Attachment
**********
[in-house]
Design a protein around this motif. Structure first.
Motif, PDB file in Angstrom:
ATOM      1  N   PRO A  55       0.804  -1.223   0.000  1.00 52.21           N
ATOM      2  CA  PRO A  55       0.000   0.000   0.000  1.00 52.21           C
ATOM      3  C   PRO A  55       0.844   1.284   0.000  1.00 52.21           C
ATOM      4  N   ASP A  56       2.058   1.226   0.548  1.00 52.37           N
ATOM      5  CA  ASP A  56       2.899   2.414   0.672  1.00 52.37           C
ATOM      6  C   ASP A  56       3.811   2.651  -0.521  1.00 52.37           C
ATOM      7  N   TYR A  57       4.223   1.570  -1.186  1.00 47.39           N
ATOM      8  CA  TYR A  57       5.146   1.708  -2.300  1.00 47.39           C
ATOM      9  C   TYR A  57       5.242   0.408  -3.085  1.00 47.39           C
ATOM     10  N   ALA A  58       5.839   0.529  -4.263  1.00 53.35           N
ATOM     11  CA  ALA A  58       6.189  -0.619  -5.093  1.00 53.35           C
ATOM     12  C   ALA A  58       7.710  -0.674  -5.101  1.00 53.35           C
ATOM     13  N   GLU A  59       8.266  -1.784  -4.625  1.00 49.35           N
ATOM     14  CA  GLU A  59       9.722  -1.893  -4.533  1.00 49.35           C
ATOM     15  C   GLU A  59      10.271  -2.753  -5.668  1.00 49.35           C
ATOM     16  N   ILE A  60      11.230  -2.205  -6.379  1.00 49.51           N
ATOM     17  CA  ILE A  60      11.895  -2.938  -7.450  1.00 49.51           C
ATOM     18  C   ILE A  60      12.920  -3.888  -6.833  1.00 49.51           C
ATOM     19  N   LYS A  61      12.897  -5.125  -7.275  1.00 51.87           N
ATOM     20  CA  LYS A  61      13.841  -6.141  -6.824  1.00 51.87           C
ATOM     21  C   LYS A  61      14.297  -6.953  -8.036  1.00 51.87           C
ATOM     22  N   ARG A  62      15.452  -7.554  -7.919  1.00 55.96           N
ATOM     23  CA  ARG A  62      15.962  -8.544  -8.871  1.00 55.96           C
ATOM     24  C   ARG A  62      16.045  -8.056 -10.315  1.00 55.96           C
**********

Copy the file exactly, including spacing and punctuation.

[in-house]
Design a protein around this motif. Structure first.
Motif, PDB file in Angstrom:
ATOM      1  N   PRO A  55       0.804  -1.223   0.000  1.00 52.21           N
ATOM      2  CA  PRO A  55       0.000   0.000   0.000  1.00 52.21           C
ATOM      3  C   PRO A  55       0.844   1.284   0.000  1.00 52.21           C
ATOM      4  N   ASP A  56       2.058   1.226   0.548  1.00 52.37           N
ATOM      5  CA  ASP A  56       2.899   2.414   0.672  1.00 52.37           C
ATOM      6  C   ASP A  56       3.811   2.651  -0.521  1.00 52.37           C
ATOM      7  N   TYR A  57       4.223   1.570  -1.186  1.00 47.39           N
ATOM      8  CA  TYR A  57       5.146   1.708  -2.300  1.00 47.39           C
ATOM      9  C   TYR A  57       5.242   0.408  -3.085  1.00 47.39           C
ATOM     10  N   ALA A  58       5.839   0.529  -4.263  1.00 53.35           N
ATOM     11  CA  ALA A  58       6.189  -0.619  -5.093  1.00 53.35           C
ATOM     12  C   ALA A  58       7.710  -0.674  -5.101  1.00 53.35           C
ATOM     13  N   GLU A  59       8.266  -1.784  -4.625  1.00 49.35           N
ATOM     14  CA  GLU A  59       9.722  -1.893  -4.533  1.00 49.35           C
ATOM     15  C   GLU A  59      10.271  -2.753  -5.668  1.00 49.35           C
ATOM     16  N   ILE A  60      11.230  -2.205  -6.379  1.00 49.51           N
ATOM     17  CA  ILE A  60      11.895  -2.938  -7.450  1.00 49.51           C
ATOM     18  C   ILE A  60      12.920  -3.888  -6.833  1.00 49.51           C
ATOM     19  N   LYS A  61      12.897  -5.125  -7.275  1.00 51.87           N
ATOM     20  CA  LYS A  61      13.841  -6.141  -6.824  1.00 51.87           C
ATOM     21  C   LYS A  61      14.297  -6.953  -8.036  1.00 51.87           C
ATOM     22  N   ARG A  62      15.452  -7.554  -7.919  1.00 55.96           N
ATOM     23  CA  ARG A  62      15.962  -8.544  -8.871  1.00 55.96           C
ATOM     24  C   ARG A  62      16.045  -8.056 -10.315  1.00 55.96           C